Many companies in the region — home to the 10 countries that make up the Association of Southeast Asian Nations (ASEAN) — are now finding their own backyard is too small. They are therefore not merely exporting to the rest of the world, but also setting up or taking over businesses around the globe.
Thailand’s Charoen Pokphand Group has become a large foreign investor in China and owns businesses in the United States and United Kingdom. It continues to seek new investment opportunities, as highlighted by its recent purchase for US$10.6 billion — in cash — of U.K. supermarket operator Tesco’s hypermarket business in Southeast Asia.
Ayala, one of the largest conglomerates in the Philippines, has for some time been investigating opportunities in Europe’s high-tech automotive sectors, including design capabilities in electric vehicles. Jollibee Foods, a Philippine fast food group, in 2019 said it would buy the Coffee Bean & Tea Leaf, a U.S. chain of specialty shops, in what would be its largest overseas acquisition so far.
Both AirAsia of Malaysia and Lion Air of Indonesia have spread their wings beyond their home countries, developing innovative ways to operate in multiple markets despite regulatory barriers. And in Vietnam, the country’s largest conglomerate, Vingroup, pursues a surge strategy of being the number one or two in its chosen markets. It is perhaps not a surprise to learn that Vingroup’s founder (and Vietnam’s richest man), Pham Nhat Vuong, recommends that his employees read Collins’s book.
Seven factors that enable a surge
Our research, reading, and interviews with chief executives who have led surges have uncovered seven factors that can enable a successful one (see “Seven factors for a successful surge”).
Factor 1: Willingness to do what others aren’t doing
Most companies we look at that don’t surge are obsessed with their competitors. They compare pricing, products, marketing initiatives, and, if they can, costs and operating models. They seek to stay one step ahead (or at least not more than a step or two behind) their competitors. They are completely focused on market share.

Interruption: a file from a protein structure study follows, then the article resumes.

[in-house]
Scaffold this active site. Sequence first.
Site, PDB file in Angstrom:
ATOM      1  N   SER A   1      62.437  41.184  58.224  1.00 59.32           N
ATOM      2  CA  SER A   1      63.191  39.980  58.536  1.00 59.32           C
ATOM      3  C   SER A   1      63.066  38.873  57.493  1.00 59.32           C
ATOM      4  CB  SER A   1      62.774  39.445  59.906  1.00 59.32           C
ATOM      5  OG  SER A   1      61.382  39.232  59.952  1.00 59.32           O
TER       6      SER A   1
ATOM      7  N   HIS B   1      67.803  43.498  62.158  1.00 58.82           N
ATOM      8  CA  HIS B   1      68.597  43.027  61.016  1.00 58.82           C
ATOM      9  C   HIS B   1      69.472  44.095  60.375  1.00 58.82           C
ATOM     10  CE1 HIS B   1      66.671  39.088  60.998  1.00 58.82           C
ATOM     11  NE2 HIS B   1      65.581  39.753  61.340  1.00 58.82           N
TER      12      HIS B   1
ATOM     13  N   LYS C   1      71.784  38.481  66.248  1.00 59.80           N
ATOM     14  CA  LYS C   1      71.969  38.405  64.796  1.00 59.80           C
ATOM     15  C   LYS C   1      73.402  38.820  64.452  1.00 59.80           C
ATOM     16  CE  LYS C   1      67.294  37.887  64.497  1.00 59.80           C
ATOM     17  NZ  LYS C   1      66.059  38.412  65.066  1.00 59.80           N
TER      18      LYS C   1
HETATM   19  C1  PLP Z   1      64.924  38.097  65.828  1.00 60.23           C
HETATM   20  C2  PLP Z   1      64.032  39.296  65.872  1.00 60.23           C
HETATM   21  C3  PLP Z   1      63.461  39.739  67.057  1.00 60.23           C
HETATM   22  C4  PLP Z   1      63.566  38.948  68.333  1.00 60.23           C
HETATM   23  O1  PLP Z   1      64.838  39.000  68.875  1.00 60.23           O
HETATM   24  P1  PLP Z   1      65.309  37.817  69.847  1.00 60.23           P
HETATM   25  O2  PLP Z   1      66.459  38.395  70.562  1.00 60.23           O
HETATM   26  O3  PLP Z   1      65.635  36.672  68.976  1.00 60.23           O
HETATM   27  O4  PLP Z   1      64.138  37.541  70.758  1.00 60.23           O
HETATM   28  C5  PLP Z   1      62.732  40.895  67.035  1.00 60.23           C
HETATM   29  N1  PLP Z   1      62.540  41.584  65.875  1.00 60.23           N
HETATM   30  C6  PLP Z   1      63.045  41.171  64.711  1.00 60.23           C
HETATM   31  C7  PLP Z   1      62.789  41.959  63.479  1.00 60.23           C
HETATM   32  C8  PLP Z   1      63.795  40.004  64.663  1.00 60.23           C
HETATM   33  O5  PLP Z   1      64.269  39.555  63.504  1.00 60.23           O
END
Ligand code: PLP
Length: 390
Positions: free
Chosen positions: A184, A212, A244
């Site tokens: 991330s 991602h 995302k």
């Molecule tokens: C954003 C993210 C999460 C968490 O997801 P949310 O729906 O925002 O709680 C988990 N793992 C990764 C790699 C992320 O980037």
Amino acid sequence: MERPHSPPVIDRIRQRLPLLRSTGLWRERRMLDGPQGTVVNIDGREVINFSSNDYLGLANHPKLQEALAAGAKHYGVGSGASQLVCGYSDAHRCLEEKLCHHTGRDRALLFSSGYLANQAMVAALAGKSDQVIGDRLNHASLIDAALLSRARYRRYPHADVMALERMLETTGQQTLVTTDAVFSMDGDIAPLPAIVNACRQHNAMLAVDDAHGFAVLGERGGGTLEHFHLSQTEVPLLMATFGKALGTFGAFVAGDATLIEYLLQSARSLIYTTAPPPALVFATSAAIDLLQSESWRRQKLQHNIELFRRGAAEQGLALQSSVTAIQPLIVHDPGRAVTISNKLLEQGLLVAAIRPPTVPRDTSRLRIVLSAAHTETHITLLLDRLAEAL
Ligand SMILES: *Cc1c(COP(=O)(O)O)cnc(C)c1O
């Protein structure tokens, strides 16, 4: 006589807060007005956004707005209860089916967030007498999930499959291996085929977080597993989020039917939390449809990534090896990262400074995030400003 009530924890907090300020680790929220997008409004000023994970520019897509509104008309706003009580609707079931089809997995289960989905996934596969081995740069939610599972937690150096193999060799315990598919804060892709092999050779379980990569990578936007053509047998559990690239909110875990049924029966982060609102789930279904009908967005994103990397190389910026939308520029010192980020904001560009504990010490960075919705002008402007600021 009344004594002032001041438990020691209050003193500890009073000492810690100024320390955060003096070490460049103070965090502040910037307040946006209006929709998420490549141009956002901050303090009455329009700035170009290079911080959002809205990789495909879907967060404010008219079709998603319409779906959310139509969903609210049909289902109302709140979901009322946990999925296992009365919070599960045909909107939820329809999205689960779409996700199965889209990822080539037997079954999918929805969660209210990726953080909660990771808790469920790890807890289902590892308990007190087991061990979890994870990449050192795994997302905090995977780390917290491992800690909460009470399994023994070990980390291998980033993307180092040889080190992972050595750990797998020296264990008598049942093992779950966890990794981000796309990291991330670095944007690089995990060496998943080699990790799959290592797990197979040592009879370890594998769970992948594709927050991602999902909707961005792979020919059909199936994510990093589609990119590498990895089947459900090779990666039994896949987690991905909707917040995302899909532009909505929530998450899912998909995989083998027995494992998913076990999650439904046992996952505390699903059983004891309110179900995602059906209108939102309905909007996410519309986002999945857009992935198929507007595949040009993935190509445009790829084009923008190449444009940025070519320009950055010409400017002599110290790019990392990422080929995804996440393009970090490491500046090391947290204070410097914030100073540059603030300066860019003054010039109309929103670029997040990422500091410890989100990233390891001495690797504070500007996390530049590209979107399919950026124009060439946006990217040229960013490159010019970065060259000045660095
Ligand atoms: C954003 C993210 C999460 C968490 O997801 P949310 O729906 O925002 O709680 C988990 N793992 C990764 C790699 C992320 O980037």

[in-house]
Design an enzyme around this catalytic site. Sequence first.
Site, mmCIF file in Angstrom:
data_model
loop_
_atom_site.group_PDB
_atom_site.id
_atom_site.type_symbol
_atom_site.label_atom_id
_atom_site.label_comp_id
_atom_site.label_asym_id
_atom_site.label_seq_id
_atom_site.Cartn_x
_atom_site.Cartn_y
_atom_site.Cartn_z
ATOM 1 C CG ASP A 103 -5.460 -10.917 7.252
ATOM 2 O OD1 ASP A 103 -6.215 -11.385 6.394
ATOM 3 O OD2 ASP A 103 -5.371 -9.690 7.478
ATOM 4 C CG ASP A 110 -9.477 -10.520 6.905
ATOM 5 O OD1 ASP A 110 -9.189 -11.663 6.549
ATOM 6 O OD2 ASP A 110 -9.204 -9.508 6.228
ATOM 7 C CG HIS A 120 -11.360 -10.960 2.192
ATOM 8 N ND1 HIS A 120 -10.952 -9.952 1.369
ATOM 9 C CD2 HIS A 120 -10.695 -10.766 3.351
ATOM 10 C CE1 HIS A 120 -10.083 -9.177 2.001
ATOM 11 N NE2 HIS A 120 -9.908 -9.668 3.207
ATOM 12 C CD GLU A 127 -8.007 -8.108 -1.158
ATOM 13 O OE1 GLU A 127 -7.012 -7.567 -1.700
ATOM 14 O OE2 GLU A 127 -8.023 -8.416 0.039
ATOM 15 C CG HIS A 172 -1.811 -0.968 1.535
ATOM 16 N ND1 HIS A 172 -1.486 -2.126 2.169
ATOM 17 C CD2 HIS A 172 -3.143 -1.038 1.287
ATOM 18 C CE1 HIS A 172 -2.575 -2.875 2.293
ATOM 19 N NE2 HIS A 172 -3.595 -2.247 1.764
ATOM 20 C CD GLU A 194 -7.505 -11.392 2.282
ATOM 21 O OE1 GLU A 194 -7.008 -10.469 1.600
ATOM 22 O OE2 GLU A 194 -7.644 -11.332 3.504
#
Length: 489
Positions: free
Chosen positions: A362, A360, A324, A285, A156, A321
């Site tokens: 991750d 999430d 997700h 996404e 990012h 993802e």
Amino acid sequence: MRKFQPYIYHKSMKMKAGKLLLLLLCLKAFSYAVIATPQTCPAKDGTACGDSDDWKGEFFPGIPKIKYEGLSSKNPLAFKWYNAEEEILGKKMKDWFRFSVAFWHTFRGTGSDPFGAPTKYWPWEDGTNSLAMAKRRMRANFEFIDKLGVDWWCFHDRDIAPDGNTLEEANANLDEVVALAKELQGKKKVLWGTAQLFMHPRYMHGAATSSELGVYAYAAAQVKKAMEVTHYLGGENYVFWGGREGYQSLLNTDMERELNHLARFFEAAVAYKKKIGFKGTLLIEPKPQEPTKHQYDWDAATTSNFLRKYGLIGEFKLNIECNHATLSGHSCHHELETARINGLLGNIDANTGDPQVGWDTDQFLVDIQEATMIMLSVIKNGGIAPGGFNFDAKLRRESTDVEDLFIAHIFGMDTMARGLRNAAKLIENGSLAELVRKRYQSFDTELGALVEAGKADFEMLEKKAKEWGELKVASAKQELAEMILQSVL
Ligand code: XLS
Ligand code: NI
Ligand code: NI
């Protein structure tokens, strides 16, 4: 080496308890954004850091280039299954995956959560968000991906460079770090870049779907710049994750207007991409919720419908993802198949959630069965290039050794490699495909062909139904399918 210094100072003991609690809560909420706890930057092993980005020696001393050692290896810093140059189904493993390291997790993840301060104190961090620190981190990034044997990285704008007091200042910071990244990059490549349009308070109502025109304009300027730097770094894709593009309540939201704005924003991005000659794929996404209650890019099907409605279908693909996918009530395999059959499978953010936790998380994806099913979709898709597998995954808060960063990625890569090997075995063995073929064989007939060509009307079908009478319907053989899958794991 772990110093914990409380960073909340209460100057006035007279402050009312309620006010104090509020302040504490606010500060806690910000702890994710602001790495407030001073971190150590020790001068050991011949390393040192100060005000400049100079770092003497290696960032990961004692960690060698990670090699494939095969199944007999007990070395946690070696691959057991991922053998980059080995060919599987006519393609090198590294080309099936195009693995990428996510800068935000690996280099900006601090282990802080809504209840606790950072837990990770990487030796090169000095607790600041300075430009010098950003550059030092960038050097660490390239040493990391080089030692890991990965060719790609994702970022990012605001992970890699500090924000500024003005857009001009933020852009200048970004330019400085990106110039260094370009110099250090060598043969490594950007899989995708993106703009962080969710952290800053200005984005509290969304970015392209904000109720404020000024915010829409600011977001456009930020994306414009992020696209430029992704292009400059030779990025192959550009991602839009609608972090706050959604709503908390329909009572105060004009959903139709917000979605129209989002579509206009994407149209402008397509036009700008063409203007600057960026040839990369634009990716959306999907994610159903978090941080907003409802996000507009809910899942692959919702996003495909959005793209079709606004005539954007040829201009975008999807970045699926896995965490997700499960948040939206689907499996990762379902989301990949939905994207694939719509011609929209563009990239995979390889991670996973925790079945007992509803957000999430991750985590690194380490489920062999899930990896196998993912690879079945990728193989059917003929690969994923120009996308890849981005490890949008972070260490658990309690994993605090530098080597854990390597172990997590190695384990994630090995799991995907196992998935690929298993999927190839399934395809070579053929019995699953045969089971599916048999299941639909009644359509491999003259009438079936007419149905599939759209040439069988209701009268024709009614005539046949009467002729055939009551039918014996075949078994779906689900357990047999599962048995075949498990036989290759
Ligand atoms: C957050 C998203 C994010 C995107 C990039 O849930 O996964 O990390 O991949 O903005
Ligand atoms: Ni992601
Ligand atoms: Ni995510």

But companies that surge don’t think like that. They don’t look at their competitors, at least not quite so obsessively. They look at their customers, or potential future customers, and focus on how they can provide better value for the customer — profitably.
Companies that surge look at their customers, or potential future customers, and focus on how they can provide better value profitably.
AirAsia is a good example of this. The low-cost airline was cofounded in 2001 by Malaysia-born entrepreneur Tony Fernandes and has capitalized on the growth of a middle class in ASEAN — people who could, for the first time, afford air travel.
AirAsia spotted what legacy airlines had not spotted or had chosen to ignore. Rather than simply offering travelers dozens of cheap flight connections between capitals and major commercial centers in the region, AirAsia decided to provide not only such connections but also flights to and from second- and third-tier cities where there hitherto hadn’t been a discernible demand. That was because their populations were too small and per capita income too low to support air travel.
Such locations appealed to AirAsia for two reasons. First, the region’s emerging middle class was not only a big-city phenomenon. Per capita income was also growing in second- and third-tier cities. Second, it was starting to become clear that demand for travel was likely to grow between those locations as people sought medical treatment or new employment opportunities, or wanted to visit extended family and relatives. Visa-free travel within ASEAN for the bloc’s citizens was also a helpful factor.
With the launch of AirAsia’s services, a patient wanting medical treatment in Malaysia could fly from Padang, on the western coast of the Indonesian island of Sumatra, to Kuala Lumpur in less time than it would take to fly to Jakarta, the Indonesian capital. People could also fly from the central Vietnamese city of Danang to Malaysia to access that job market, without having first to travel to the Vietnamese capital, Hanoi, or commercial capital, Ho Chi Minh City, for a flight to the Malaysian capital. Naturally, AirAsia had to be able to offer such routes at prices that would appeal — and it did just that, as a no-frills carrier in the mold of Europe’s easyJet and the U.S.’s Southwest Airlines. AirAsia’s marketing slogan, “Now everyone can fly,” reflects the reality that the company has made distance travel possible for millions of people for whom flying was previously unaffordable.